Eventually the kid costs will climb in their later teen years as they start driving and “needing” more things. However they may also find jobs or opportunities to make money themselves to partially offset higher expenses.
College costs are just around the corner, but beyond the scope of my comparison to the USDA child expenditure report which covers age 0 to 17 and explicitly excludes college costs. However, I don’t think college will be extremely expensive for us for several different reasons.
To summarize it all, it appears we spend about $9,600 per year in total on our three kids after factoring in tax savings. That’s just $3,200 per kid, which is significantly less than the five figure forecasts floating around in the media (and in the minds of angsty upper-middle class parents across the nation).
Intuitively, that makes sense considering we have spent a grand total of between $25,000 and $40,000 during each of our five years of early retirement. If we would have spent the USDA’s figure of $12,978 per child times three, then that would consume essentially all of our $40,000 per year annual budget every year, leaving a measly $1,000 for all non-kid related spending.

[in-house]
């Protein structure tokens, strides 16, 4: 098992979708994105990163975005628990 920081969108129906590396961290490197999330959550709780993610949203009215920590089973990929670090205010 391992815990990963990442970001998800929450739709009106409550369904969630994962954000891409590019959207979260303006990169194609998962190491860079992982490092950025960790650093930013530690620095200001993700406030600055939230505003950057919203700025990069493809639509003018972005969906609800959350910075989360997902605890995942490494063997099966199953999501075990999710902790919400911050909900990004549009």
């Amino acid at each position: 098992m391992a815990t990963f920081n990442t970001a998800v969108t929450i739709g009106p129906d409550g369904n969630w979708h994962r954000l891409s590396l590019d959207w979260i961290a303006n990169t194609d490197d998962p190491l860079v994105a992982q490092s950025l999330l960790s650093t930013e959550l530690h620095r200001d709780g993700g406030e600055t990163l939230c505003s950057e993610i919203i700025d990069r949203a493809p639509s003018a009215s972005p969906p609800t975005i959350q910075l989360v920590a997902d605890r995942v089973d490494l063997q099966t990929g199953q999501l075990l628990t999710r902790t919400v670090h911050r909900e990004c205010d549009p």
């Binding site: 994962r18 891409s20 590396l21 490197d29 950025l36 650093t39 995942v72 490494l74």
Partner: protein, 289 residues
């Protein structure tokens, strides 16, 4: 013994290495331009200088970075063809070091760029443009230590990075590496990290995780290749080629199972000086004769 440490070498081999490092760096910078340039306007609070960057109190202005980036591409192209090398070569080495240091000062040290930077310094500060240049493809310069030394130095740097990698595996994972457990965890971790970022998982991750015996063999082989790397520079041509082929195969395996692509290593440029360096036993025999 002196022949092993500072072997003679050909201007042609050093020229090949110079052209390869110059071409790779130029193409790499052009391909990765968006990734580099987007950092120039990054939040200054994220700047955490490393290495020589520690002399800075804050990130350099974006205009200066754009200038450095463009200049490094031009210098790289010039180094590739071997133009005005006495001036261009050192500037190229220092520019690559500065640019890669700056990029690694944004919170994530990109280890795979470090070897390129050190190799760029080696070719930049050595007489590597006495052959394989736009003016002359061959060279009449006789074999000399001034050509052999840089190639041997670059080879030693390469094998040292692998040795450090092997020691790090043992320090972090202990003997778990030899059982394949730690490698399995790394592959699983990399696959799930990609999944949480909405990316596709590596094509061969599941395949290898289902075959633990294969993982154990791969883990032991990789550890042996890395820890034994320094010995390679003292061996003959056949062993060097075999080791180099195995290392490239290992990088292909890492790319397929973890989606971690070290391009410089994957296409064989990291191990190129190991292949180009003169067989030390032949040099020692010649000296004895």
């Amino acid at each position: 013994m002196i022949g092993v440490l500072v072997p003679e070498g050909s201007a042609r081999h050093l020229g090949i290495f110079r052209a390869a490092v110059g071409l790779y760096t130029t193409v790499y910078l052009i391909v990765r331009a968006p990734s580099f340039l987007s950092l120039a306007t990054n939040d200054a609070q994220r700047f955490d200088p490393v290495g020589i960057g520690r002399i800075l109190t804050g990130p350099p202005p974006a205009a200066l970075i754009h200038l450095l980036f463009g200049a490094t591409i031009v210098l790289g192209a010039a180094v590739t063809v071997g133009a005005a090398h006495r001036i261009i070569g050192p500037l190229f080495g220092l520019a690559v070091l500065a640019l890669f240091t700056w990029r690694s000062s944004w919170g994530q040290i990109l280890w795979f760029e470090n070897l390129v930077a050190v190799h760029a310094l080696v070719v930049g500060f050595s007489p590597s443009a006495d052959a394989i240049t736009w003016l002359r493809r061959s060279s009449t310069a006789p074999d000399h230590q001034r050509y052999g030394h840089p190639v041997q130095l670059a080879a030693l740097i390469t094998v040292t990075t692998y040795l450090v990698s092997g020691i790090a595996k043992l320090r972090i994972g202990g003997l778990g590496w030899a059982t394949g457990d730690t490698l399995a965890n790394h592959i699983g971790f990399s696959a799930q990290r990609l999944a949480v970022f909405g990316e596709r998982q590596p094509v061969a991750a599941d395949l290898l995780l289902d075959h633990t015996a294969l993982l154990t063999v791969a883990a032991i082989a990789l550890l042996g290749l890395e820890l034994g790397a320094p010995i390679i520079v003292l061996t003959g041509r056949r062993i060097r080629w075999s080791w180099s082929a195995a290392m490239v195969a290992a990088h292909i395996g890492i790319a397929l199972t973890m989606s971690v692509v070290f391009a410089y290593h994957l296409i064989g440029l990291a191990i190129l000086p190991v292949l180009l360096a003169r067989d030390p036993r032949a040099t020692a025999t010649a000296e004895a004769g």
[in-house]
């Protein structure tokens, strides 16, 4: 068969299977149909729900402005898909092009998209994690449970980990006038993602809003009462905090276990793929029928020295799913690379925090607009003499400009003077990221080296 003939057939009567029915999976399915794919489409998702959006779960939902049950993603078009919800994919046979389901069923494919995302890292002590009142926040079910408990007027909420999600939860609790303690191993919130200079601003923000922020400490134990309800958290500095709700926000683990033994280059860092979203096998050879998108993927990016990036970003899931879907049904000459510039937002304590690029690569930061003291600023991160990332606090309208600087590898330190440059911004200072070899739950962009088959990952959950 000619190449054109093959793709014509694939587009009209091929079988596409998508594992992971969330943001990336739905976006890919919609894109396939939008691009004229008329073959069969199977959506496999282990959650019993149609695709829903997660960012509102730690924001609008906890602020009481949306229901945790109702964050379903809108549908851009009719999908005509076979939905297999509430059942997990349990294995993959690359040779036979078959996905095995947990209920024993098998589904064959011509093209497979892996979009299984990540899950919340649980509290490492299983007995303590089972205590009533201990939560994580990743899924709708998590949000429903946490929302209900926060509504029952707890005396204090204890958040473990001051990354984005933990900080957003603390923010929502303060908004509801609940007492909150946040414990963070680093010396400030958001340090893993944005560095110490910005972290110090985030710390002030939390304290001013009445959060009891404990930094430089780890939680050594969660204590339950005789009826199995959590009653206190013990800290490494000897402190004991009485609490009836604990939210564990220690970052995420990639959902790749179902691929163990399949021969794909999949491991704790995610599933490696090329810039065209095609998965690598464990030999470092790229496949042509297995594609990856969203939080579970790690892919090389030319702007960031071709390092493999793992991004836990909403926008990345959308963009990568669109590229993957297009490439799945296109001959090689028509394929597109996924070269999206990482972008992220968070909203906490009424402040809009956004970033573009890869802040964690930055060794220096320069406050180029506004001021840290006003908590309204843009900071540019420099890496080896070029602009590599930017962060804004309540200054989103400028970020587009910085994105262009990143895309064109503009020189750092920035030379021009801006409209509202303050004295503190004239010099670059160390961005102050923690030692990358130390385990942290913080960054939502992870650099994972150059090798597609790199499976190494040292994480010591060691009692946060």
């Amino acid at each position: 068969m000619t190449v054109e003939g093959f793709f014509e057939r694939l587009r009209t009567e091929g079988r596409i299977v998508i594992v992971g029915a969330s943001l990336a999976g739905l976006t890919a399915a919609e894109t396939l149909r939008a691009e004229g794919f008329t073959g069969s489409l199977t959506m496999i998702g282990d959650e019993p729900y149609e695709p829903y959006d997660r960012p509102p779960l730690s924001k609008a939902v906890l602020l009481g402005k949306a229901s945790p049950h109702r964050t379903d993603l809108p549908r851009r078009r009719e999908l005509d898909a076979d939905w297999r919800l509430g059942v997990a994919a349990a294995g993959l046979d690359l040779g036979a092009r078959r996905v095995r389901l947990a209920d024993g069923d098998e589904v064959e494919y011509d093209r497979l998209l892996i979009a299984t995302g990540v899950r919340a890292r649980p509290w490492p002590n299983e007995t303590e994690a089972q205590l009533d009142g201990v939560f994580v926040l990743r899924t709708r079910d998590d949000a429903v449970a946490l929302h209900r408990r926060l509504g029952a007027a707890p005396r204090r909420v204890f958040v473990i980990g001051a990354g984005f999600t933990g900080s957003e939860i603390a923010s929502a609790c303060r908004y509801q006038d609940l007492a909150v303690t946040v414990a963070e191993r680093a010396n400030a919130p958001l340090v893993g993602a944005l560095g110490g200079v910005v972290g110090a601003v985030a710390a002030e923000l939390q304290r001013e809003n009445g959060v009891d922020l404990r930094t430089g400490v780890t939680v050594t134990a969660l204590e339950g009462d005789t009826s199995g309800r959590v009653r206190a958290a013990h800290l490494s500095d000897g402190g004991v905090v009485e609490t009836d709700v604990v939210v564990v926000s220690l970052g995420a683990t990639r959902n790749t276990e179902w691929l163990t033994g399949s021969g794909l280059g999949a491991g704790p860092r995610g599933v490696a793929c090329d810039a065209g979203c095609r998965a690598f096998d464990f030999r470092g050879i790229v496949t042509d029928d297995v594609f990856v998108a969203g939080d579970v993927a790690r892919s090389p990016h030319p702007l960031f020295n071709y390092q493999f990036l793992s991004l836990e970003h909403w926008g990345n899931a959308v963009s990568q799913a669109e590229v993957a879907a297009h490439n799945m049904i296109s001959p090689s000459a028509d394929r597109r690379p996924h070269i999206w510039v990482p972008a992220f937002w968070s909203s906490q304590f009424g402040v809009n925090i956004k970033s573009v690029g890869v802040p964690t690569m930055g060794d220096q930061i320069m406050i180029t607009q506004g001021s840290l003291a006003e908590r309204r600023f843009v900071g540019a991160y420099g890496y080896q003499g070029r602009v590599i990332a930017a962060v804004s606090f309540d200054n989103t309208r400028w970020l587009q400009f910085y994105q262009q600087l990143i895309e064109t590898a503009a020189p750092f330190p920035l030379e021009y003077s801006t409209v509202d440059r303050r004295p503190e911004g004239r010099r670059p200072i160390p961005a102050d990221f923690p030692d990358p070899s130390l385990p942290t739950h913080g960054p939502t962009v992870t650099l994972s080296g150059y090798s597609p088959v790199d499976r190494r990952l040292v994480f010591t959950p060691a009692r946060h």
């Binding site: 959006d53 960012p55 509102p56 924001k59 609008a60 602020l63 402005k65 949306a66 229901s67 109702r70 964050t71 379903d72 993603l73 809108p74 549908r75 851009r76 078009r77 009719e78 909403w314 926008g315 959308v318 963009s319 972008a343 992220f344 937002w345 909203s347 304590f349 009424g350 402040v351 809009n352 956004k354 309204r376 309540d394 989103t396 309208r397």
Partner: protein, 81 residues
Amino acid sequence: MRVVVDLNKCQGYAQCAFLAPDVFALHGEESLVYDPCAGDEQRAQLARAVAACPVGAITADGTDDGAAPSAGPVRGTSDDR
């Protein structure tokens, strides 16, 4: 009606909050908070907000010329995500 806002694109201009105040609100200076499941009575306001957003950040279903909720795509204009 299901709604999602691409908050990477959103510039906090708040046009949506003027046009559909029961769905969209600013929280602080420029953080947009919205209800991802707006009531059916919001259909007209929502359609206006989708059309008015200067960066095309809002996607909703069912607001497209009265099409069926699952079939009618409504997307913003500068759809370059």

What I have found true is that the fixed costs of one or two people are already fairly high since you have to have a house and a car of some sort (at least where we live). Adding a bit more space to accommodate kids doesn’t lead to radically higher spending on housing or transportation.
In the end, kids can cost a little or a whole lot, with much of the cost differential explained by parental choices.
Am I way out of line here? Or are you spending under $12,978 raising your own kid(s)? I know there are a ton of factors at play causing kid costs to fall all over the map, but I would like to hear your experience for kid-related costs.